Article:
JDDJJoint Declaration on the Doctrine of Justification
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While the JDDJ was signed, for the Roman Catholic Church, by a cardinal and a bishop, both serving on a pontifical council, it was not signed by the regnant pontiff John Paul II.
To summarize our findings thus far, it can be said that a change in Roman Catholic attitudes to Luther and the confessions has produced what the JDDJ calls a "common understanding" with "differing explications" in place of the mutual anathemas of a quarter-millennium ago--although the testimony of Borella reminded us that some Roman Catholics adamantly demur from this change in attitude.
The second section considered a series of Roman Catholic responses to Luther and the Lutherans, ranging from the clear and concise condemnations of Trent and a contemporary reminder by a traditional Roman Catholic philosopher that these condemnations are officially still in force in the "declarations of the magisterium through respectful studies of Luther by a Dominican who compares his understanding of salvation to Aquinas's and by a Jesuit who has used the Reformer in teaching Roman Catholic theology students, to the stunning "consensus" articulated in the JDDJ (albeit with "differing explications") and the encyclical Lumen fidei, in which Francis could be mistaken for Luther in key passages.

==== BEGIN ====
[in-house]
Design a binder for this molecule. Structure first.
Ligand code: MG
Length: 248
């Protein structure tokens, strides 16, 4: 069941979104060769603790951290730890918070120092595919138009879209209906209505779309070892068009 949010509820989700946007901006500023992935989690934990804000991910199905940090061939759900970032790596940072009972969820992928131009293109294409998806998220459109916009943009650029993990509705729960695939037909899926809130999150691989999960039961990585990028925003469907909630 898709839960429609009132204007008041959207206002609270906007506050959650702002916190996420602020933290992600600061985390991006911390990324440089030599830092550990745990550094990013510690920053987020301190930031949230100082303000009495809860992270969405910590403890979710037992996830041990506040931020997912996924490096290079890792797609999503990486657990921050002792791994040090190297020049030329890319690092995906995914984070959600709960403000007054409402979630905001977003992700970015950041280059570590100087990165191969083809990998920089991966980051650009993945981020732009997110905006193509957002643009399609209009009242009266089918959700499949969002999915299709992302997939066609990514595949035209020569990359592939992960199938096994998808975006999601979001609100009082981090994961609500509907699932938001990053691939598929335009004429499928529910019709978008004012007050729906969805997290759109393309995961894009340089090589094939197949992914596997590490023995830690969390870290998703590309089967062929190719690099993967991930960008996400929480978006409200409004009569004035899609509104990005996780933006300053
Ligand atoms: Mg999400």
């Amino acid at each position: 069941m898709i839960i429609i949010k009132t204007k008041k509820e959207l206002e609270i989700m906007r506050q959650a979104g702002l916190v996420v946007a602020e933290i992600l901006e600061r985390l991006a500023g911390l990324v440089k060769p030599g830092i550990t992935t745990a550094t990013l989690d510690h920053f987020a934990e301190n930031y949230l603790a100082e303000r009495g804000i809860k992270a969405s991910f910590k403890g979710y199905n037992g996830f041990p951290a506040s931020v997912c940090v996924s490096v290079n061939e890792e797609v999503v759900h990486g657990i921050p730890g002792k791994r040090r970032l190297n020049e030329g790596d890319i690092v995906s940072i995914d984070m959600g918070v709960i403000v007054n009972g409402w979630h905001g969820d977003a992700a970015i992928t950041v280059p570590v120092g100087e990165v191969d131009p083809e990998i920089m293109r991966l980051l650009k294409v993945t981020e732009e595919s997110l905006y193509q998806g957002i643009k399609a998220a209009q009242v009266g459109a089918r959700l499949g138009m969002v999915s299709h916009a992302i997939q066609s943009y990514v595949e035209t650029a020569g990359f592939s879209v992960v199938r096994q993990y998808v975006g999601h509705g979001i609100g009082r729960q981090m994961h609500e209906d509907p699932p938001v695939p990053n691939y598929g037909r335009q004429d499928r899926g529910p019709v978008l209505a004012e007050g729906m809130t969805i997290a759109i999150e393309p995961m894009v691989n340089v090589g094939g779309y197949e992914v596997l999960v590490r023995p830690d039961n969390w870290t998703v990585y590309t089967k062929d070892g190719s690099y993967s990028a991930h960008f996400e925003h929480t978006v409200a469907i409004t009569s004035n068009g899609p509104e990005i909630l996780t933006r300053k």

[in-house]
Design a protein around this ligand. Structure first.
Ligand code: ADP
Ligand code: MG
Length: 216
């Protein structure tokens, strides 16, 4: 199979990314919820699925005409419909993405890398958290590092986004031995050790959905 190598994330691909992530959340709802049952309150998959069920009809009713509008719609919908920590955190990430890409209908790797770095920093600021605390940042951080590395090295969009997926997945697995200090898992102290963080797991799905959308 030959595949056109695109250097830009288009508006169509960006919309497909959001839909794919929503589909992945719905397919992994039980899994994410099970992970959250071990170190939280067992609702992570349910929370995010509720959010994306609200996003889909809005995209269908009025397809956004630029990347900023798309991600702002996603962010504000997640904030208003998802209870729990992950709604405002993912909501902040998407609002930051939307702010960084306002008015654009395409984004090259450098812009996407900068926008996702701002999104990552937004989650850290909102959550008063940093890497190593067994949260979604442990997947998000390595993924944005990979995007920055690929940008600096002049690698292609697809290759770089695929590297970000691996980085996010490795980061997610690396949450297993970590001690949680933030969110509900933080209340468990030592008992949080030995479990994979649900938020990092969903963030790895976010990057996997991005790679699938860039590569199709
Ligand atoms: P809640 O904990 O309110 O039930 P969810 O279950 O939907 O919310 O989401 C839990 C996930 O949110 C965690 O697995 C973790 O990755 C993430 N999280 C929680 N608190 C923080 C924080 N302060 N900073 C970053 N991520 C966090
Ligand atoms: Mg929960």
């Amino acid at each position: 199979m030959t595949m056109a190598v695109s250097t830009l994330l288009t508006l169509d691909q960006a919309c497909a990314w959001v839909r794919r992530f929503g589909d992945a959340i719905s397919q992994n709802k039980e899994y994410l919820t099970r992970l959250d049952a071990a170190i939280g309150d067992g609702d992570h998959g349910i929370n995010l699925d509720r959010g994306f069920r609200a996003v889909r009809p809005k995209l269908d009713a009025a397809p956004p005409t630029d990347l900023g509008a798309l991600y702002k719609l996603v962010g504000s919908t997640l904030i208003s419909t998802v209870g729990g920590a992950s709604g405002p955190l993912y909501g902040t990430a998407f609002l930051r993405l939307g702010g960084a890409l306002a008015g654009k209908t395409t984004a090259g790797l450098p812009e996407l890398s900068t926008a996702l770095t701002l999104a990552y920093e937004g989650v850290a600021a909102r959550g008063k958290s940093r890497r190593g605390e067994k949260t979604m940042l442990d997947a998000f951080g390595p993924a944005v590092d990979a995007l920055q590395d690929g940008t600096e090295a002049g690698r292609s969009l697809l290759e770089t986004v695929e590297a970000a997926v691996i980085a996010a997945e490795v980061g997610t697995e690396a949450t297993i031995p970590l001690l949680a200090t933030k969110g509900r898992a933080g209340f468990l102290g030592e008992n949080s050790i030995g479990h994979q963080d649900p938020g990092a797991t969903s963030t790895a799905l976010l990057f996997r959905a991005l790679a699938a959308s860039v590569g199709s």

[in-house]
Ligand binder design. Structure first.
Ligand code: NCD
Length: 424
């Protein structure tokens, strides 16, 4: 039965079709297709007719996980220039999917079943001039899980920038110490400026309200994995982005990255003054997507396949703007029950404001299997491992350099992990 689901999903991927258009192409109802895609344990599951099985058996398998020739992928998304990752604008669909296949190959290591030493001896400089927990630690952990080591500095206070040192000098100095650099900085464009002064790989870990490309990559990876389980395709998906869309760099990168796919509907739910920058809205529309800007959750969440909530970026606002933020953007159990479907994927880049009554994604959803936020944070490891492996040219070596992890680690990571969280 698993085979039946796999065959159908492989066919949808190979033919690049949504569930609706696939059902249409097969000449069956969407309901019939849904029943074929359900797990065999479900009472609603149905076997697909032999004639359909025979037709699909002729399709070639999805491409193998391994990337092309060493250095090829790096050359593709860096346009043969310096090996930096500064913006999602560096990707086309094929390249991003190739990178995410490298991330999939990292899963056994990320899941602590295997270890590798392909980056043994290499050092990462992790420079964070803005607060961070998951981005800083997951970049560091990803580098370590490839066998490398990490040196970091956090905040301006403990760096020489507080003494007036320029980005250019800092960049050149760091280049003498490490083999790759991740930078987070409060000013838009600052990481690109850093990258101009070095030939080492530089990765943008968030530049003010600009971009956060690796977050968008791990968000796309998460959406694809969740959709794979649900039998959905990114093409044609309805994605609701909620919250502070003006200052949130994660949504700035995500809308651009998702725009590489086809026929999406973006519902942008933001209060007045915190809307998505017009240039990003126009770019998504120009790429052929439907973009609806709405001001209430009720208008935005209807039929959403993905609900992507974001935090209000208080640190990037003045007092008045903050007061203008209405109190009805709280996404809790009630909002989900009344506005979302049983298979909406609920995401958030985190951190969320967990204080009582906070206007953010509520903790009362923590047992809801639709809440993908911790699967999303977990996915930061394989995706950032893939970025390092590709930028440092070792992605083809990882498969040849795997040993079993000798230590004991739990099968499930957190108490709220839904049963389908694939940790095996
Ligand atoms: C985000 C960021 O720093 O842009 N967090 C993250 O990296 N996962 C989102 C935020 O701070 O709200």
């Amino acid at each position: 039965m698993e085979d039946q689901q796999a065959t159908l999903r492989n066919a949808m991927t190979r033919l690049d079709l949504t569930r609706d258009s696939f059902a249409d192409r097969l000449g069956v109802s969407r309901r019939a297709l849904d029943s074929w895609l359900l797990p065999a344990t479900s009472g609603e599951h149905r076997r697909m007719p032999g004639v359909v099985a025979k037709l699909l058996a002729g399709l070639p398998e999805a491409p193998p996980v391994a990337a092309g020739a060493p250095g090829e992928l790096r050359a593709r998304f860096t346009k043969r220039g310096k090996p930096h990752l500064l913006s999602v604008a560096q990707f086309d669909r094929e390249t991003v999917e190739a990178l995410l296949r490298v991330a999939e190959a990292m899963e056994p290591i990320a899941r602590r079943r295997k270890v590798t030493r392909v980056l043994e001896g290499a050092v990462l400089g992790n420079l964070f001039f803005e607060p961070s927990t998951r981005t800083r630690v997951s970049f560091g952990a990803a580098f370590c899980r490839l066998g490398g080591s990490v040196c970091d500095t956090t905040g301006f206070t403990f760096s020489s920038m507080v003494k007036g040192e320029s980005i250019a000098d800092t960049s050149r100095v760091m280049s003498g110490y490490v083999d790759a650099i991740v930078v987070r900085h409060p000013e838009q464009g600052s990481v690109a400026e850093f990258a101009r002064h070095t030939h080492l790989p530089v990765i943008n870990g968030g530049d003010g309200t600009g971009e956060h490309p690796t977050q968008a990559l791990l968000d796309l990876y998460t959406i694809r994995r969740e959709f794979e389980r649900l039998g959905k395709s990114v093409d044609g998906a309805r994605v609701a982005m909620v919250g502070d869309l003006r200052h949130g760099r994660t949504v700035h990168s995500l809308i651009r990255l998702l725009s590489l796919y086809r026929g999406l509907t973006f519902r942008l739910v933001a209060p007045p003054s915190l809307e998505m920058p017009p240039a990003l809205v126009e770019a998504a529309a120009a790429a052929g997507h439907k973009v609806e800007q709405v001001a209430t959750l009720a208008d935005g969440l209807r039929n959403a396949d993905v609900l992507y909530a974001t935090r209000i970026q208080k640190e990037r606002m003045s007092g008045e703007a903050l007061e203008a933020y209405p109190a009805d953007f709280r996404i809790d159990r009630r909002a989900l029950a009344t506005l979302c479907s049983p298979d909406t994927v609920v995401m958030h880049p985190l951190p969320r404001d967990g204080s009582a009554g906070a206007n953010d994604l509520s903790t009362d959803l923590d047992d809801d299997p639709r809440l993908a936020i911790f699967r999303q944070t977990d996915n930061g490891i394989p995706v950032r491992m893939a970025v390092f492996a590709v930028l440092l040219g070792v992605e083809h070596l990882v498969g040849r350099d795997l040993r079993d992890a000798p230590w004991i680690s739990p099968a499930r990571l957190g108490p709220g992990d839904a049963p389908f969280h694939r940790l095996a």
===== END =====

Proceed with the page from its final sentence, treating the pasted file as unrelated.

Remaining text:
gift and challenge of JDDJ in mind: "Our consensus in basic truths
We particularly appreciate some of the distinctive insights in the JDDJ
We appreciate the recognition in the JDDJ that we are powerless to save ourselves, incapable of turning to God on our own, and that the freedom we know is not freedom for salvation.
As he comes to the JDDJ itself, Radano is especially helpful in his attention to the multi-layered meanings of reception.
It is remarkable how many members of the generation that saw the changes of the Council remained active in the events culminating in the JDDJ (including, of course, the present Pope Benedict XVI, whose support for the JDDJ is emphasized here).
The "reception" of JDDJ, the process by which the churches practically "receive" this newly claimed doctrinal consensus into their own everyday life and ministry, is hard to gauge.
I present this "narrative hermeneutical" reflection on the doctrine of justification using these "bookend" stories in order to demonstrate the truth of JDDJ's contention that not only are "remaining differences of language, theological elaboration, and emphasis in the understanding of justification ...
[But, with the JDDJ we have consensus on basic truths of the doctrine of justification, in light of which sixteenth-century condemnations of Lutherans and Catholics on justification no longer apply.] With the JDDJ it was possible to see anew that the Protestant affirmation of sola gratia and sola fide does not contradict the affirmation that by grace we are made capable of bearing good fruits through works of justice, mercy and active love.
The Pope pointed out that the signing of the Joint Declaration on the Doctrine of Justification (JDDJ), whose tenth anniversary was marked in 2009, "has proved a significant step along the difficult path towards reestablishing full unity among Christians and a stimulus to further ecumenical discussion." (34)